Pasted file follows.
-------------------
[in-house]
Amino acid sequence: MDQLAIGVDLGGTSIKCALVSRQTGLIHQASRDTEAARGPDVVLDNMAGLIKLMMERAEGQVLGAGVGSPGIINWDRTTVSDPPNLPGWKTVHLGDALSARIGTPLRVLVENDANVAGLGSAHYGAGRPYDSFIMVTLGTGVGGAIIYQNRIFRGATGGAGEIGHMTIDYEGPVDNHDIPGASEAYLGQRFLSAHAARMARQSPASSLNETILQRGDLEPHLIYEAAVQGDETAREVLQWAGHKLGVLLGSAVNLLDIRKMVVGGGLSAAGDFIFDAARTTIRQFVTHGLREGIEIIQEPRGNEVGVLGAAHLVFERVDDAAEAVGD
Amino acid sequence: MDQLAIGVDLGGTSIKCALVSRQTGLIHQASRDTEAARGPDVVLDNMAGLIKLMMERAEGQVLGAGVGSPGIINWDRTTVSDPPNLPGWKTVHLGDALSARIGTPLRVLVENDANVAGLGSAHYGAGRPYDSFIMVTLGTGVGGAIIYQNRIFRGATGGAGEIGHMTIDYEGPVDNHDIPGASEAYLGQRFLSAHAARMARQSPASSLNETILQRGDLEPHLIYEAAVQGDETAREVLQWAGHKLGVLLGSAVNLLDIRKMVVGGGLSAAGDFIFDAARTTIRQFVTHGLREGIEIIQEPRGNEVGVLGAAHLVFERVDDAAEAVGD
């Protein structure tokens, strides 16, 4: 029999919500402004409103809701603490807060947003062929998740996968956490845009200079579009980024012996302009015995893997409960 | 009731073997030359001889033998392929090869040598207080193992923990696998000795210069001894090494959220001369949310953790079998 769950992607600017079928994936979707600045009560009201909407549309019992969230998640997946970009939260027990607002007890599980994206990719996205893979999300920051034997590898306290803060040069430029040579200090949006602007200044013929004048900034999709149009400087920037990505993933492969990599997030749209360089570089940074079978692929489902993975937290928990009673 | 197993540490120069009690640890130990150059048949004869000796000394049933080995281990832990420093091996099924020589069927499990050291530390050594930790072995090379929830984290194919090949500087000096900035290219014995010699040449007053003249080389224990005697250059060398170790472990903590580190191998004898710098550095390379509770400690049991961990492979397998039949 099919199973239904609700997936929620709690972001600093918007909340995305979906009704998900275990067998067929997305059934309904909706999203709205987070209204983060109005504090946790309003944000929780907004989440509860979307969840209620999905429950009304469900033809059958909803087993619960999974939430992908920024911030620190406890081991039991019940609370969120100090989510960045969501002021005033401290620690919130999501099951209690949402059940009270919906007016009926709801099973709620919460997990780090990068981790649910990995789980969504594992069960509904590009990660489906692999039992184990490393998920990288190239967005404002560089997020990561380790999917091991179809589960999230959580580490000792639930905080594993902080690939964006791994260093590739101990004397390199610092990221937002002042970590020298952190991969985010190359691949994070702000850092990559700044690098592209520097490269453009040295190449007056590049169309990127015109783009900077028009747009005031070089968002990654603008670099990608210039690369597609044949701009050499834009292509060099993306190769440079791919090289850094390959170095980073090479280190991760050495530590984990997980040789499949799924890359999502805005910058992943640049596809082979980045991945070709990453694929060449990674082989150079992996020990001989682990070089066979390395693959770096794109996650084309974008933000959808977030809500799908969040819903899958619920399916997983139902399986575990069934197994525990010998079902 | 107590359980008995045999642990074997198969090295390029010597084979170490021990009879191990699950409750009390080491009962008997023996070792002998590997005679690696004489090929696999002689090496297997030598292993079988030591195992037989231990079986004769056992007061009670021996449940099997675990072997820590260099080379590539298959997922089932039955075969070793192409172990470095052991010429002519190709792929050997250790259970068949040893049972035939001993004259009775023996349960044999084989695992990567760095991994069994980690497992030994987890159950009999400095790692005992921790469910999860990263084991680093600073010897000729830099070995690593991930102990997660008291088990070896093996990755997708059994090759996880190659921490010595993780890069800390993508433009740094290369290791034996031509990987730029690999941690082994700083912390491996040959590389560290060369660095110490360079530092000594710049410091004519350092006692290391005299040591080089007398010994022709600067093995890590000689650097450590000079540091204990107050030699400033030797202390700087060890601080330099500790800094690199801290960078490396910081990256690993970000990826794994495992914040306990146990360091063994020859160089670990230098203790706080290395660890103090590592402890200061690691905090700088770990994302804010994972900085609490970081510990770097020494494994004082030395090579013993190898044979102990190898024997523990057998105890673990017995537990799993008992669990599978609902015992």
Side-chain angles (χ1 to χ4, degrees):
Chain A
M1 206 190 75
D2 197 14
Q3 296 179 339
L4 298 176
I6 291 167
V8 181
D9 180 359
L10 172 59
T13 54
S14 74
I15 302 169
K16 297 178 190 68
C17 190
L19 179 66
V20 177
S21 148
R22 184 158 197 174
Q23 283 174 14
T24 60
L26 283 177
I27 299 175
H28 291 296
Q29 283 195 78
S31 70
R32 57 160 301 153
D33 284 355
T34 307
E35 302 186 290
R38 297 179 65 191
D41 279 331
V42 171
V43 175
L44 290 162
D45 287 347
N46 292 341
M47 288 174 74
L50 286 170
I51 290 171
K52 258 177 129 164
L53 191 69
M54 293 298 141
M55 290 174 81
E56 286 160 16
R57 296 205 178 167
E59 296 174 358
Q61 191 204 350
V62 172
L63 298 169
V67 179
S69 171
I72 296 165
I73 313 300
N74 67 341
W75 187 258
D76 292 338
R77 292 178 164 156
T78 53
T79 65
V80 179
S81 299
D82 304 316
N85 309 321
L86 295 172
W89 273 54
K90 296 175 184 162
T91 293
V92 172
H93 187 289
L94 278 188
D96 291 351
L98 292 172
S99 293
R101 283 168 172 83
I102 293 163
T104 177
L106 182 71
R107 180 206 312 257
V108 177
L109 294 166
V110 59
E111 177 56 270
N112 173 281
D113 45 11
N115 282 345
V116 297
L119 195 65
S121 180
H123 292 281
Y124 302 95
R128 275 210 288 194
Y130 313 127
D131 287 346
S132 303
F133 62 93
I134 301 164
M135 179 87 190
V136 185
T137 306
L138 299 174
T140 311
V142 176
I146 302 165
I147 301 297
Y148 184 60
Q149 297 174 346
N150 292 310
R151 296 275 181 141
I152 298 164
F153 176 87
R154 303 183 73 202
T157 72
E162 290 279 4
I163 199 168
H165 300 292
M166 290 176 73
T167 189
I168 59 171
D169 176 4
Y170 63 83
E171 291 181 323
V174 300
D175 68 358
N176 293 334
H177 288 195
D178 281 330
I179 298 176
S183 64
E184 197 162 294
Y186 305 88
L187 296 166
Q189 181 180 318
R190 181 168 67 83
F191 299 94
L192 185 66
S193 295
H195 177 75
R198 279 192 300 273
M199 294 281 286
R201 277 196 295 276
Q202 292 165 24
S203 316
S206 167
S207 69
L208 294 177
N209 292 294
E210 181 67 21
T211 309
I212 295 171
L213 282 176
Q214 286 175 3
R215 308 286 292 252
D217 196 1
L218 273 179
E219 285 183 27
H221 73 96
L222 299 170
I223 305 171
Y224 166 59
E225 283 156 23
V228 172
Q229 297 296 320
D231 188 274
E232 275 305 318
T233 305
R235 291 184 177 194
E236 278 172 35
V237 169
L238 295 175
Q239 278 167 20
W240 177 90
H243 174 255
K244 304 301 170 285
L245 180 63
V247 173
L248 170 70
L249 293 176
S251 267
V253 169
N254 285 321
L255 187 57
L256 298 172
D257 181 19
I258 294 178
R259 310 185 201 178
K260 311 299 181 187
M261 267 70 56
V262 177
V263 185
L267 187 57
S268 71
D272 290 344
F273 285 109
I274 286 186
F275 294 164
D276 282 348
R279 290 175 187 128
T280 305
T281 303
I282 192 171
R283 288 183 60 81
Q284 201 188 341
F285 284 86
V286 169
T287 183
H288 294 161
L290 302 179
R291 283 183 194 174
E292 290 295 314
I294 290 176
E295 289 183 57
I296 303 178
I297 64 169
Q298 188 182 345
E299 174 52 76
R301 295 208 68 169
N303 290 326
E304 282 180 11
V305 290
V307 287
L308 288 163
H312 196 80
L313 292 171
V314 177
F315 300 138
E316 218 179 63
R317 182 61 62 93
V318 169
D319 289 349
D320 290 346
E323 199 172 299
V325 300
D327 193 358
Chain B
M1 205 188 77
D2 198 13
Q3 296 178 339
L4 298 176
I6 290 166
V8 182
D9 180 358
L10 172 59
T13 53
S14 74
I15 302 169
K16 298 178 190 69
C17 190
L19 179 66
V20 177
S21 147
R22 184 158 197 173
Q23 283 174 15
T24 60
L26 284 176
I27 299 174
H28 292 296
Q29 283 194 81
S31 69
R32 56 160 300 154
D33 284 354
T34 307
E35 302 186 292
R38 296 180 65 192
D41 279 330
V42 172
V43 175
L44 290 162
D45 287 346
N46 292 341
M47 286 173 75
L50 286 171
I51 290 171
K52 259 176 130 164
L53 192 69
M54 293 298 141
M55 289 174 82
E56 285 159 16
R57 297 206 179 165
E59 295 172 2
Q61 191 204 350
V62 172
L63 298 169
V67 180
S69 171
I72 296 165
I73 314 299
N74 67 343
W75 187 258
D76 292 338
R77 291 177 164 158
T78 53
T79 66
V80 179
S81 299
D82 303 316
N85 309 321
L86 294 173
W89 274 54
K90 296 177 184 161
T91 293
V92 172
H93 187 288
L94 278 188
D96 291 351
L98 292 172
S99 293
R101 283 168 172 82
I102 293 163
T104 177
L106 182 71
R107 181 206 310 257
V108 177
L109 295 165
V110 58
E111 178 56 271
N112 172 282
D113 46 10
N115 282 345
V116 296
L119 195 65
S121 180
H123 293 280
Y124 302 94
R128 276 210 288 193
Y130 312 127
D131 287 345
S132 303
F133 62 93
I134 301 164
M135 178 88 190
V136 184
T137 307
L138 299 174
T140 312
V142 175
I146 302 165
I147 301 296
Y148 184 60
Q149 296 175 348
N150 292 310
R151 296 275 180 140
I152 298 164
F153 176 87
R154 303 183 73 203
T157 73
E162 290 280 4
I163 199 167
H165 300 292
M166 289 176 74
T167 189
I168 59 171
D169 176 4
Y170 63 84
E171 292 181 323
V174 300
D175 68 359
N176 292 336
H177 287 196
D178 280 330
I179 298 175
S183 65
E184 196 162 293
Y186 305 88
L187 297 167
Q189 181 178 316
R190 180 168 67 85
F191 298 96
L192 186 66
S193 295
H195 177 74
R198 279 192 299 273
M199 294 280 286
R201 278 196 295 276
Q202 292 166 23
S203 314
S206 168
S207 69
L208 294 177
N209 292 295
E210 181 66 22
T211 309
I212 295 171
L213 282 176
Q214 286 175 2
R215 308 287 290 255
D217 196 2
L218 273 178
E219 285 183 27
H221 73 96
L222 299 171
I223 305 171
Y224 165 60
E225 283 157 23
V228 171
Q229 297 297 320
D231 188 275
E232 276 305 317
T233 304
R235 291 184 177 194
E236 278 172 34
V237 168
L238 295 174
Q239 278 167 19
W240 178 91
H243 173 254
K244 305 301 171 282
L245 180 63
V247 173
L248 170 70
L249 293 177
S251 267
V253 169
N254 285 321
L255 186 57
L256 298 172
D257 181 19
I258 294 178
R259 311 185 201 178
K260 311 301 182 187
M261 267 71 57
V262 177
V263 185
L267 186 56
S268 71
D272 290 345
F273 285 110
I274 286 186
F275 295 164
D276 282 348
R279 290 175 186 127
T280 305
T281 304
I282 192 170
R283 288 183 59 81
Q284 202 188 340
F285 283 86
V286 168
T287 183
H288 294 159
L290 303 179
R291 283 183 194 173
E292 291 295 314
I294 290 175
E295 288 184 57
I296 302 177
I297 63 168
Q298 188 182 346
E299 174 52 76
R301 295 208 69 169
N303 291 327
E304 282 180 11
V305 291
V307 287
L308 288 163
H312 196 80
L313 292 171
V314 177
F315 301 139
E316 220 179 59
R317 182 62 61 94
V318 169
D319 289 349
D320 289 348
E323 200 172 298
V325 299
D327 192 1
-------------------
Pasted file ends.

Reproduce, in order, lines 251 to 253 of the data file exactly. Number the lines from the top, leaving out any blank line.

K16 298 178 190 69
C17 190
L19 179 66